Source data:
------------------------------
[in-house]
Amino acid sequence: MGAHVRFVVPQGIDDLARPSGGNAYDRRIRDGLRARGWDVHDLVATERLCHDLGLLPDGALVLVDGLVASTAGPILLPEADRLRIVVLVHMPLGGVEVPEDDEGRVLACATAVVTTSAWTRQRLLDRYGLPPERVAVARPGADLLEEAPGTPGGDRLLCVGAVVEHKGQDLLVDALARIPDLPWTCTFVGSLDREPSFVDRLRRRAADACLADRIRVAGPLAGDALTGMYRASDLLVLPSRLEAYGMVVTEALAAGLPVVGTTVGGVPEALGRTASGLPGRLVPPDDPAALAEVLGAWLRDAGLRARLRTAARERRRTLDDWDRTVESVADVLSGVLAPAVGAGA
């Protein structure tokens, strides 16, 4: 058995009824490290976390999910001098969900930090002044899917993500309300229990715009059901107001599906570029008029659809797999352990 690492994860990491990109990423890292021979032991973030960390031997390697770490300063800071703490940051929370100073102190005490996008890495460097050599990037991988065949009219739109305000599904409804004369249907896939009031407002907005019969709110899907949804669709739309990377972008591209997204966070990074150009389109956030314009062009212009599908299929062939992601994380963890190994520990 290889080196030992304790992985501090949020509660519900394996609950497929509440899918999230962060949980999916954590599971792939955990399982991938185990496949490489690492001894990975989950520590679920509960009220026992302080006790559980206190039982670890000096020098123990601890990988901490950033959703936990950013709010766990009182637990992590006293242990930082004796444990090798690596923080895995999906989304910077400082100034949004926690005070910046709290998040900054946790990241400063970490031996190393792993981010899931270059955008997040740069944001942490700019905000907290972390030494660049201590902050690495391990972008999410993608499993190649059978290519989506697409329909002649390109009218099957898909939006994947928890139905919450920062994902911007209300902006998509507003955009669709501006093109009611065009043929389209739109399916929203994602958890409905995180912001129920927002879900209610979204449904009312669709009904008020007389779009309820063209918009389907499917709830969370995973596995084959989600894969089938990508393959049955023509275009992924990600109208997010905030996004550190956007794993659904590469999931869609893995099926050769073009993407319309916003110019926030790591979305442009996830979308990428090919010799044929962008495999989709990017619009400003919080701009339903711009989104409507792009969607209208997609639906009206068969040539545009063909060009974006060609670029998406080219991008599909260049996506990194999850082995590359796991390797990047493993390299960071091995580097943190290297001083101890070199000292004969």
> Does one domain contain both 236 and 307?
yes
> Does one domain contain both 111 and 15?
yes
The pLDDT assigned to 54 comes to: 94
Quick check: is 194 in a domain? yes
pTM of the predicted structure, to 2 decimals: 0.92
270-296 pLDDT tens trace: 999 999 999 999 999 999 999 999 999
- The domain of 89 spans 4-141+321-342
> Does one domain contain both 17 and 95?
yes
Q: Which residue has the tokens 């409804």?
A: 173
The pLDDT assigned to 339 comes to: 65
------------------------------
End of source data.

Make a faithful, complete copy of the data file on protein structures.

[in-house]
Amino acid sequence: MGAHVRFVVPQGIDDLARPSGGNAYDRRIRDGLRARGWDVHDLVATERLCHDLGLLPDGALVLVDGLVASTAGPILLPEADRLRIVVLVHMPLGGVEVPEDDEGRVLACATAVVTTSAWTRQRLLDRYGLPPERVAVARPGADLLEEAPGTPGGDRLLCVGAVVEHKGQDLLVDALARIPDLPWTCTFVGSLDREPSFVDRLRRRAADACLADRIRVAGPLAGDALTGMYRASDLLVLPSRLEAYGMVVTEALAAGLPVVGTTVGGVPEALGRTASGLPGRLVPPDDPAALAEVLGAWLRDAGLRARLRTAARERRRTLDDWDRTVESVADVLSGVLAPAVGAGA
């Protein structure tokens, strides 16, 4: 058995009824490290976390999910001098969900930090002044899917993500309300229990715009059901107001599906570029008029659809797999352990 690492994860990491990109990423890292021979032991973030960390031997390697770490300063800071703490940051929370100073102190005490996008890495460097050599990037991988065949009219739109305000599904409804004369249907896939009031407002907005019969709110899907949804669709739309990377972008591209997204966070990074150009389109956030314009062009212009599908299929062939992601994380963890190994520990 290889080196030992304790992985501090949020509660519900394996609950497929509440899918999230962060949980999916954590599971792939955990399982991938185990496949490489690492001894990975989950520590679920509960009220026992302080006790559980206190039982670890000096020098123990601890990988901490950033959703936990950013709010766990009182637990992590006293242990930082004796444990090798690596923080895995999906989304910077400082100034949004926690005070910046709290998040900054946790990241400063970490031996190393792993981010899931270059955008997040740069944001942490700019905000907290972390030494660049201590902050690495391990972008999410993608499993190649059978290519989506697409329909002649390109009218099957898909939006994947928890139905919450920062994902911007209300902006998509507003955009669709501006093109009611065009043929389209739109399916929203994602958890409905995180912001129920927002879900209610979204449904009312669709009904008020007389779009309820063209918009389907499917709830969370995973596995084959989600894969089938990508393959049955023509275009992924990600109208997010905030996004550190956007794993659904590469999931869609893995099926050769073009993407319309916003110019926030790591979305442009996830979308990428090919010799044929962008495999989709990017619009400003919080701009339903711009989104409507792009969607209208997609639906009206068969040539545009063909060009974006060609670029998406080219991008599909260049996506990194999850082995590359796991390797990047493993390299960071091995580097943190290297001083101890070199000292004969």
> Does one domain contain both 236 and 307?
yes
> Does one domain contain both 111 and 15?
yes
The pLDDT assigned to 54 comes to: 94
Quick check: is 194 in a domain? yes
pTM of the predicted structure, to 2 decimals: 0.92
270-296 pLDDT tens trace: 999 999 999 999 999 999 999 999 999
- The domain of 89 spans 4-141+321-342
> Does one domain contain both 17 and 95?
yes
Q: Which residue has the tokens 């409804």?
A: 173
The pLDDT assigned to 339 comes to: 65